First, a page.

On the threshold of real talks
BY MICHEAL MacDONNCHA
On Friday 29 August British Secretary of State Mo Mowlam formally
invited Sinn Féin to take part in the talks at Stormont. The
historic announcement came 41 days after the restoration of the
IRA cessation on 20 July.
Finally the moment is coming where Sinn Féin will enter
negotiations on an equal footing with other parties in the search
for a settlement on which lasting peace can be based. It should
have happened three years ago in 1994. Instead the British
Conservative government destroyed the peace process which led in
turn to the ending of the IRA cessation in February 1996. It has
been a long and arduous effort to rebuild that process.
The next step comes on 9 September when a plenary session of the
talks will be held at Stormont. Talks chairperson George Mitchell
will welcome the Sinn Féin delegates and they will be asked to
affirm their ``absolute and total commitment'' to ``democratic and
exclusively peaceful means of resolving political issues; to the
total disarmament of all paramilitary organisations; agree that
such disarmament must be verifiable to the satisfaction of an
independent commission; renounce for themselves, and to oppose
any effort by others, to use force, or threaten to use force, to
influence the course or the outcome of all-party negotiations;
agree to abide by the terms of any agreement reached in all-party
negotiations and to resort to democratic and exclusively peaceful
methods in trying to alter any aspect of that outcome with which
they may disagree; urge that `punishment' killings and beatings
stop and to take effective steps to prevent such actions.''
The procedure does not involve signing documents.
It remains to be seen whether all or any of the unionist parties
will be there on 9 September for the plenary session. Their
presence on 15 September when substantive negotiations are
scheduled to begin are even more in doubt. Paisley's DUP and
Robert McCartney's UKUP have said they will be staying out. UUP
leader David Trimble reacted to Mowlam's announcement by saying
that the ``republican movement... will revert to violence'' and
people who regarded Mowlam's announcement as historic ``will end
up looking very foolish''.
Three of Trimble's MPs William Thompson (West Tyrone) Willie Ross
(East Derry) and Martin Smyth (South Belfast) have called for a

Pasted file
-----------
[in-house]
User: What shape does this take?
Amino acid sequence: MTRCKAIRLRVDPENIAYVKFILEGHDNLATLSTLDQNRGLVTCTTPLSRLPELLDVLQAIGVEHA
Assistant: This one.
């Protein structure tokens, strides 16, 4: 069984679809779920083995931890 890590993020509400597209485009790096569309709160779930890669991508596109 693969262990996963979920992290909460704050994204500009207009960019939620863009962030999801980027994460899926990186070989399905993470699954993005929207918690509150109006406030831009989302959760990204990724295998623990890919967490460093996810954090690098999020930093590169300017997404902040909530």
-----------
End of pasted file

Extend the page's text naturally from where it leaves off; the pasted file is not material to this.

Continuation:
UUP boycott of the 15 September session. Trimble himself said
that it was a ``rash assumption'' that there would be substantive
talks on that date. Decommissioning would still have to be
agreed, he asserted.
This underlines the tensions and divisions in unionism on the
very eve of all-party talks. Responding to Thompson, Sinn Féin
Vice-President Pat Doherty who stood against him in the
Westminster election in May receiving over 11,000 votes, said his
remarks were ``outdated and reactionary''. They were ``not only a
negation of his duty to those whom he represents , they are a
symptom of unionism's desire to cling to an attitude and outdated
era that is long gone''. Doherty continued:
``Sinn Féin will go into talks as Irish republicans presenting our
analysis that united independent Ireland is the model which will
best serve the interests of Ireland. The unionist and loyalist
parties obviously have a different view. But dialogue hurts
no-one and no party should fear to argue their case.
``In the last number of years Mr Thompson and his unionist
colleagues adopted a pragmatic position and sat down with Sinn
Féin representatives in council chambers across the Six Counties.
In the last year Mr Trimble, Mr Paisley and Mr Thompson and their
colleagues took a decision to sit down and talk with
representatives of loyalism.
``I would therefore appeal to David Trimble to take up his duty
and responsibilities in all of this and accept the demands of his
constituents to come to the negotiations on Septebmer 15th and
find an accomodation which can secure the support of all our